We’re still officially in summer, and in some areas, this time of the year is often referred to as the dog days of summer. However, “officially”, the dog days run from July 3rd to August 11th and while it is hot out, we are past that end date. While we tend to associate late summer days with dogs purportedly going crazy from the heat, in fact, the term ‘dog days’ arises because these times coincide with the rising of the dog star, Sirius. In ancient times, this was associated with wars and disasters, but the modern meaning, as we know it, didn’t begin to come around until about 500 years ago. For more on this term, see this short article from National Geographic Magazine.
The dog days means there are still 6-8 weeks to go before we hit “peak leaf color”, depending on your elevation and latitude. However, that doesn’t mean trees haven’t started responding to seasonal changes, such as shorter day lengths, cooler nights, and the occasional insect or disease pest. There is some color change occurring, but only sporadically.
As the attached photos show, some trees are already turning, but these are mainly urban street trees, and most commonly, ornamental red maples. Near Galileo’s restaurant, a planted red maple has already completely turned red. I have commented on this particular tree in the past, and I don’t know why it does this, but genetics probably has something to do with it.
For native trees in the woods, you can now observe yellow buckeye leaves (Aesculus flava) beginning to turn yellow and orange. The buckeye genus contains several species, all of which have an unusual leaf phenology: they leaf out very early in the spring and are often the first tree to do so, and then are among the first to lose their leaves in summer. One species, the Georgia buckeye (Aesculus sylvatica), which I have published on, can be completely devoid of leaves by the end of August. Here in the southern Appalachians, yellow buckeyes defoliate by mid-September, but are susceptible to a leaf fungus that turns the leaves brown (Click HERE to read about it). As such, it does not rank high in terms of its color display.
The earliest display of leaf color occurs on flowering dogwoods (Cornus florida). Dogwoods around my home just west of Boone began coloring up two weeks ago. Although they turn color early, they will retain their leaves through September. They turn red to protect the leaves from the combination of cold temperatures and high light, which can start to occur in September. The red pigment, called anthocyanin, acts as a light shield that prevents the leaf from being damaged from by the high light when it’s cold outside. This in turn, allows the leaf to complete re-absorbing nutrients from the dying leaves, such as nitrogen, phosphorus, and potassium, and storing them in the twigs, where they can be re-used next spring to help produce next season's leaves.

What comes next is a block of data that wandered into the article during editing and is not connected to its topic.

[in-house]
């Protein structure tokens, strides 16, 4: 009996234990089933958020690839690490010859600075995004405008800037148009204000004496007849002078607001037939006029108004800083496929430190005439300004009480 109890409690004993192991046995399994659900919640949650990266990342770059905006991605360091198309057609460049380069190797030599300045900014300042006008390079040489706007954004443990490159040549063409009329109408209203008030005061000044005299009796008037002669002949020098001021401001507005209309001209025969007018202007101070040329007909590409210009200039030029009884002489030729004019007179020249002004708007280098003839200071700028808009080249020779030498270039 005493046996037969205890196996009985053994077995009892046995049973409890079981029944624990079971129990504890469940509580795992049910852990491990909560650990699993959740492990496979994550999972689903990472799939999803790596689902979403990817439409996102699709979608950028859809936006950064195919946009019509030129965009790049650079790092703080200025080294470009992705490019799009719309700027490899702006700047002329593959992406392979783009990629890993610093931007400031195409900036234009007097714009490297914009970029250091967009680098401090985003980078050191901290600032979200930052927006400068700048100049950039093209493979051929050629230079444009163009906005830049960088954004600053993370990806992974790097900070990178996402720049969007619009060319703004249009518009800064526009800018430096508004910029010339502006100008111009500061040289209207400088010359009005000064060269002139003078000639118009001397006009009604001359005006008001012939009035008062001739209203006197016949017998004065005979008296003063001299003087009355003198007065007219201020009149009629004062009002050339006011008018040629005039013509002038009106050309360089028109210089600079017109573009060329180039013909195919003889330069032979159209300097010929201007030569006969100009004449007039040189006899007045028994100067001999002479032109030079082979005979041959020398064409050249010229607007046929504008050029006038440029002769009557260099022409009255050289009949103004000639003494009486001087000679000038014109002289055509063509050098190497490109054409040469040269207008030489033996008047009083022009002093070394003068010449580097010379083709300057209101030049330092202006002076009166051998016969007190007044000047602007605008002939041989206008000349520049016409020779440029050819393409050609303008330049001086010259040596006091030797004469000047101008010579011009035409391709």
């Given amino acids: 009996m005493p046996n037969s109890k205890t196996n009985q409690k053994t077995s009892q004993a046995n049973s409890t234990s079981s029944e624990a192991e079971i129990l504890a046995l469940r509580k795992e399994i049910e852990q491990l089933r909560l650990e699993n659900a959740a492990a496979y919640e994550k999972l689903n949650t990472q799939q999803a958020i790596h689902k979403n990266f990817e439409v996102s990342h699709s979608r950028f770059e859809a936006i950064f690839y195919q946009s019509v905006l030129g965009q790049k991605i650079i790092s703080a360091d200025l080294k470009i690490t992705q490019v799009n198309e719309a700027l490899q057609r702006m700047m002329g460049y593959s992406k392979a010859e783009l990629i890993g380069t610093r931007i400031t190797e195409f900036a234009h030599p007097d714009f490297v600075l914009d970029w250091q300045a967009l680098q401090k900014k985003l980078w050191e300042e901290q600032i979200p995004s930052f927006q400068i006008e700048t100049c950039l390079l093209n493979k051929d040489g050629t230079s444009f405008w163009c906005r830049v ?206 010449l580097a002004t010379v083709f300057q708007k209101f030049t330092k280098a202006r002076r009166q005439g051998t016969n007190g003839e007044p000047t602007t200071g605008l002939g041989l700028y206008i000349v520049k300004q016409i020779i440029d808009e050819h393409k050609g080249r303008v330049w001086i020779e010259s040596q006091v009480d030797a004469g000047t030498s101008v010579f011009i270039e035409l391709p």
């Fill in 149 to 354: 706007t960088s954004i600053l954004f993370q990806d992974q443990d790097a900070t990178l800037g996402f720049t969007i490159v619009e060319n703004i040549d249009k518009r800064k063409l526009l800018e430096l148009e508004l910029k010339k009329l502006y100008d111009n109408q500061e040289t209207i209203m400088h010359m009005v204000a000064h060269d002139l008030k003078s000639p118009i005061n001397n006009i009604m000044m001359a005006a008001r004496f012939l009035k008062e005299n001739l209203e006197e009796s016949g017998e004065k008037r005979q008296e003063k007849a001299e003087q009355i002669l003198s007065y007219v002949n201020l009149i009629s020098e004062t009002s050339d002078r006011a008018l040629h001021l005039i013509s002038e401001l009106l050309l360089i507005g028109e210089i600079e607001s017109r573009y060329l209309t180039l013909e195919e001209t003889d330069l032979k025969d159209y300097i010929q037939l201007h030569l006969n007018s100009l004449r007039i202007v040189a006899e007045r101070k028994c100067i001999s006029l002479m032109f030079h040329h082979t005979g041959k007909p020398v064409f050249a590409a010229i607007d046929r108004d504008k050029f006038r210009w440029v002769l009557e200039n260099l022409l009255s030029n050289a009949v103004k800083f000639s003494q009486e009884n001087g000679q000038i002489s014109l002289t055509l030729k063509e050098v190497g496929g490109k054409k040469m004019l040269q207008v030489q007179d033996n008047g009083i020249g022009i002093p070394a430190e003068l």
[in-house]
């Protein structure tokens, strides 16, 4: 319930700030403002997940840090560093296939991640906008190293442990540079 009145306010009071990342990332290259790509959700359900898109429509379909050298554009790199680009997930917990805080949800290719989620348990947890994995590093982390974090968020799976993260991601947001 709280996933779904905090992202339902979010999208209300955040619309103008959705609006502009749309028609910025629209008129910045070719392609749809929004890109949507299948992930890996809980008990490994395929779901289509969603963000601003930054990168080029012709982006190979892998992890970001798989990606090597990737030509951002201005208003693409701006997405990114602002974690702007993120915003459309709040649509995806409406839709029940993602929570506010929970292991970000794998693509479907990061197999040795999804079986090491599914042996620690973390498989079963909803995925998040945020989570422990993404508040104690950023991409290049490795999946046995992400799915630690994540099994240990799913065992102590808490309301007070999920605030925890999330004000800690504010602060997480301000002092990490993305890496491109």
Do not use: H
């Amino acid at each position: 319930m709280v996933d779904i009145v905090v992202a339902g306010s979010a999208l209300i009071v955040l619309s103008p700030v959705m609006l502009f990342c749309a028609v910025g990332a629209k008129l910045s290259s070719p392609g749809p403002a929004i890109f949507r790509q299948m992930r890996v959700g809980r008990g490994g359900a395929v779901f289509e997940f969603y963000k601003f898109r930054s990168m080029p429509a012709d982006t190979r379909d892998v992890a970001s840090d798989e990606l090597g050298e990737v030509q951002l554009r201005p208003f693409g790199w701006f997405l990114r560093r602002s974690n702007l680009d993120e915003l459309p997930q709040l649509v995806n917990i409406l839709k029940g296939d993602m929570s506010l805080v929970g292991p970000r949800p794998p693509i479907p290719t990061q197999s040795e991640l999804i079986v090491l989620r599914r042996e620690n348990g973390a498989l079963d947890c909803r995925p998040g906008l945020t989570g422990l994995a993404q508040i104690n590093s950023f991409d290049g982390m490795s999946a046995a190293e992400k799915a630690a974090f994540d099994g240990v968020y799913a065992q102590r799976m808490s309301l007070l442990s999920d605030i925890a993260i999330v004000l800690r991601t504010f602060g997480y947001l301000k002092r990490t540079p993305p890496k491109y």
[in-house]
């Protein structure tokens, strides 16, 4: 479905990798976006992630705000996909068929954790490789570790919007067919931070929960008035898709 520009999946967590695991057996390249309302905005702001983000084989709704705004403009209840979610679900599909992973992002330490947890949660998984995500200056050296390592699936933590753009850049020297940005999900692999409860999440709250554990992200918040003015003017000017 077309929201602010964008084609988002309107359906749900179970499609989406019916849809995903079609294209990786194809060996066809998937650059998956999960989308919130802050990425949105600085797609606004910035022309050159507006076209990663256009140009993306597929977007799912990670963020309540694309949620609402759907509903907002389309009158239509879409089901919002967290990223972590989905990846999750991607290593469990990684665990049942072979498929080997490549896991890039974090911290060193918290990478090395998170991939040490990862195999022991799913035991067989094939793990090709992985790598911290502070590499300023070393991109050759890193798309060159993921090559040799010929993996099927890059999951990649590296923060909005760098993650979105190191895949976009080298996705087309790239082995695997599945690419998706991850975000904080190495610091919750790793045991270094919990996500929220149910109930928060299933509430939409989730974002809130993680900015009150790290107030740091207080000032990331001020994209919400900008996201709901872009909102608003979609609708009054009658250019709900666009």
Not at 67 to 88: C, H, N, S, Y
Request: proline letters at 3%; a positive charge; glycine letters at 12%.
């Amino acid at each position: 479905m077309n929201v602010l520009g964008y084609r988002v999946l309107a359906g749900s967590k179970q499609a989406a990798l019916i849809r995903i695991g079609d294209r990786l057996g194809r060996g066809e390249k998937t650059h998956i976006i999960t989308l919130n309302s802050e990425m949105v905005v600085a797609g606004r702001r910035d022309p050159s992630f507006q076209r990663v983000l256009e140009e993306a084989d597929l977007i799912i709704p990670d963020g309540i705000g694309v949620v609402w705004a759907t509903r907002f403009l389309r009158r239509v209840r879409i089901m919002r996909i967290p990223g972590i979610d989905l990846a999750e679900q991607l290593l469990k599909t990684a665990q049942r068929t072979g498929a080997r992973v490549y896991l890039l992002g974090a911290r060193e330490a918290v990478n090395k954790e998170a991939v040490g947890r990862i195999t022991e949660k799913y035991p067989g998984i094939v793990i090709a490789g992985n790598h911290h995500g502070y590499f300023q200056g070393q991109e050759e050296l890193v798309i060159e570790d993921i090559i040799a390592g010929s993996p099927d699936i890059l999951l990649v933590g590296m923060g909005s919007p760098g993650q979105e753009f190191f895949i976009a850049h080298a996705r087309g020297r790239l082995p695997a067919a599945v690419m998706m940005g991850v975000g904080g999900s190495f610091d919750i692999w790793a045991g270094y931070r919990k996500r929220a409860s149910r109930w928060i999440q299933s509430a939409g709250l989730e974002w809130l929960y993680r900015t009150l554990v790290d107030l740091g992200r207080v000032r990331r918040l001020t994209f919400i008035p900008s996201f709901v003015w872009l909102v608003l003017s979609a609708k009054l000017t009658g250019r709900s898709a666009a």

If you are driving the roads these days, you may see many brown trees. These are most likely black locust trees (Robinia pseudoacacia). See the photos attached. The browning is caused by the locust leaf miner (Odontota dorsalis), which eats out the middle of the leaves, causing them to turn brown and die (Click HERE to read more about it). It is a native insect, and does this year after year, with no apparent detrimental impacts on the locust trees. It’s just a late summer ‘thing’.
Forests outside city limits here in the southern Appalachians are effectively 100% green this week. We won’t see major coloration on the slopes until late September, although the occasional tree may light up. A fall leaf color display worth a drive up to see will start in earnest by the beginning of October, and peak in the middle of that month, at least at elevations between 4,000’ and 3,000’. Higher up, colors will appear the first week of October, while at lower elevations, the last week of October.
Finally, if you go out for a hike in the next few weeks, look down. There are things happening close to the ground that are worth viewing. This week, for example, Jack-in-the Pulpits (Arisaema triphyllum) are fruiting. These are beautiful woodland herbs, recognized for their unique flower structure, bright red fruits when mature, and glossy, tripartite green leaves.
Forest fungi are having a banner season because of all the rain we’ve received this summer. Note the photo below of the large brown fungus I found in the Appalachian State Nature Preserve this week – it is about 16” across!
I hope this brings you up-to-date regarding the latest fall leaf color developments. See you all next week!